While the seventh season of Game of Thrones was riddled with logical and consistency issues, it was in its eighth and final season that the show completely fell apart. The downfall of the show nearly coincided with it moving beyond George RR Martin’s book series, A Song of Ice and Fire — its source material.
The conclusion is obvious. The writers did a fabulous job with scripting when they could use George’s books, but when they ran out of them, and had to write their own stuff (using broader plot points provided by George), they seemed to wilt and delivered a hasty, badly written, undercooked ending.
And for a show like this, which was specifically noted for its excellent writing despite the huge cast and the breadth of its world, this has been nothing short of embarrassing.
Also, it is not as if the end result, the final outcome of the two major conflicts in the show (the war against the Army of the Dead and the struggle for the Iron Throne) was that unconvincing. It would have made sense had it felt earned.
For example, Ned Stark’s death, from where this whole shebang and the show’s reputation of unexpectedly killing off major characters began, shocked many of its fans. But his beheading on Joffrey’s orders was almost a logical conclusion of his actions in the politics of a medieval-Europe inspired world.
Ned, a good man though he was, had made many block-headed decisions.
Here are just a few: his refusal to take Renly’s suggestion of taking Cersei and her children into custody, trusting Littlefinger after the man himself warned him not to, telling Cersei, who he knew to be absolutely ruthless towards her enemies, what he exactly plans to do about her incestuous relationship with her twin Jaime. And so forth.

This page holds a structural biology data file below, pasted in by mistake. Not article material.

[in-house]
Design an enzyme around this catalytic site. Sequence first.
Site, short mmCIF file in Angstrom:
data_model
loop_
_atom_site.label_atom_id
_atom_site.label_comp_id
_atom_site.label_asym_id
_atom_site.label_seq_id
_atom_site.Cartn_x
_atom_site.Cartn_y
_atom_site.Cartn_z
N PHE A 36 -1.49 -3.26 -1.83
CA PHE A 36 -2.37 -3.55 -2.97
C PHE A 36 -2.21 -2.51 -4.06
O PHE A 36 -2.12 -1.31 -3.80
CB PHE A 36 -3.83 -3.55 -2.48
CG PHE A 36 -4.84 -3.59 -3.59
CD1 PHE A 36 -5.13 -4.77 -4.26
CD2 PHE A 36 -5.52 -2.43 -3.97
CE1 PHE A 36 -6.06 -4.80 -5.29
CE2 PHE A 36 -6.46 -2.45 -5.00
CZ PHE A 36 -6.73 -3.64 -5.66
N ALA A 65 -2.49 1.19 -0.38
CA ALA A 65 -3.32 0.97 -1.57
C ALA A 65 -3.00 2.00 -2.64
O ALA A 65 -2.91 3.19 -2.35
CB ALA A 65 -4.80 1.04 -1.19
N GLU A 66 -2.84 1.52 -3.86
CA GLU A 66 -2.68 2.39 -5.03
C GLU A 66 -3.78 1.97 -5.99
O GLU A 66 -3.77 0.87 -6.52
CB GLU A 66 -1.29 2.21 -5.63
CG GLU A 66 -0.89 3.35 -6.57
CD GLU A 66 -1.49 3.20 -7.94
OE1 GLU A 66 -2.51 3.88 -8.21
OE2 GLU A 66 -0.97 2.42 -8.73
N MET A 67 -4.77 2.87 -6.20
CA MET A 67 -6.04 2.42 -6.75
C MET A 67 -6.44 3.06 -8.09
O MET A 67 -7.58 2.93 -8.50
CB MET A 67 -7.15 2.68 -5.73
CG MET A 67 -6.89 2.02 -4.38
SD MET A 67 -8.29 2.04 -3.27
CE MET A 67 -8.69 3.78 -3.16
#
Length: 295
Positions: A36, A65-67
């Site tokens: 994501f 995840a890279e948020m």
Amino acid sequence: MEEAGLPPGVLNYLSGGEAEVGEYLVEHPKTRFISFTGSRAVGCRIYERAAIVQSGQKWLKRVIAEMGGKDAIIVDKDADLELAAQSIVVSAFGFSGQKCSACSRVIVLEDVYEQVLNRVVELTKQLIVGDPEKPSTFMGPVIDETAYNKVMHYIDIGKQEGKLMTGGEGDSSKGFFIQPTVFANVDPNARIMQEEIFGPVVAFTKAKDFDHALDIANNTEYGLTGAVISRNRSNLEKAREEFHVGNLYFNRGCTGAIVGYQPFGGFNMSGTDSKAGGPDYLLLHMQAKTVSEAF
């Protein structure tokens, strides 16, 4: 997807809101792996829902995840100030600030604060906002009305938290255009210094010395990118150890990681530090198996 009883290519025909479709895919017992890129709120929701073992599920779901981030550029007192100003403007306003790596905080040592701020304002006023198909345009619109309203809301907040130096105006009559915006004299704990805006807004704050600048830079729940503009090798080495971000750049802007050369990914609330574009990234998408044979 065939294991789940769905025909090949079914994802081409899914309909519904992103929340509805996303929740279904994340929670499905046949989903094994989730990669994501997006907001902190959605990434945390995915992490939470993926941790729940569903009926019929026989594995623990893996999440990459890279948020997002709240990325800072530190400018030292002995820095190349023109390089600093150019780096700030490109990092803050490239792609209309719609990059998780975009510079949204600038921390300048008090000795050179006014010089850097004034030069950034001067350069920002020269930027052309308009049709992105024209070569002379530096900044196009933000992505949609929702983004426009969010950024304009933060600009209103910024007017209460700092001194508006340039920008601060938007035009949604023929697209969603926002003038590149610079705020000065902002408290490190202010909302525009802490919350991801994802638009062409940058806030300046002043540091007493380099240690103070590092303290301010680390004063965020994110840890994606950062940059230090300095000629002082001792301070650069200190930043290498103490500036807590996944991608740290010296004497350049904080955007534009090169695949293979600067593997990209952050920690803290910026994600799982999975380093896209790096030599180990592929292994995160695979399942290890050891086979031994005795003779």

Thus, when the royal executioner Ilyn Payne brought Ned’s own Valyrian sword Ice down on his neck, and his headless body fell to the ground (sorry for the imagery), there was a lot of shock among the fans.
But it also made sense when the hoopla died down. That is all this story has been telling us. When you play the game of thrones, to paraphrase Cersei Lannister, goodness and honour are luxuries you cannot afford.
In post-season 7 Game of Thrones, though, SHOCKING things happened just because they had shock value. They bore no connection to anything else that had happened before them. There was hardly any organic, believable storytelling leading up to those moments. And thus, there was no heft in them. They felt shallow. This narrative disconnection was one of the most vexing things about the show towards the end.
The actors had to do all the heavy-lifting in the final season of the show, to make implausible stuff somehow seem coherent and they did their best. The acting was genuinely good. But it was not enough, not nearly.
The show was also hurt by the shrinking of the world. Game of Thrones’ world felt so immersive and compelling because it was painstakingly detailed. It had its own religions, cultures, races (mythical or otherwise), dozens of noble houses with their own sigils and words, and so on.
Essos, an entire continent, ceased to matter after Daenerys crossed the Narrow Sea to get to Westeros. Even worse, I believe, was the complete eradication of the Dornish story.
The showrunners eliminated not just characters but entire storylines that should have mattered. And strangely, this made the show’s plotting only more muddled. You would think they would be able to tell a more focused story with fewer characters.
What the show would have looked like if George RR Martin finished the books before the TV series could catch up to it will always be one of the biggest what-ifs in television.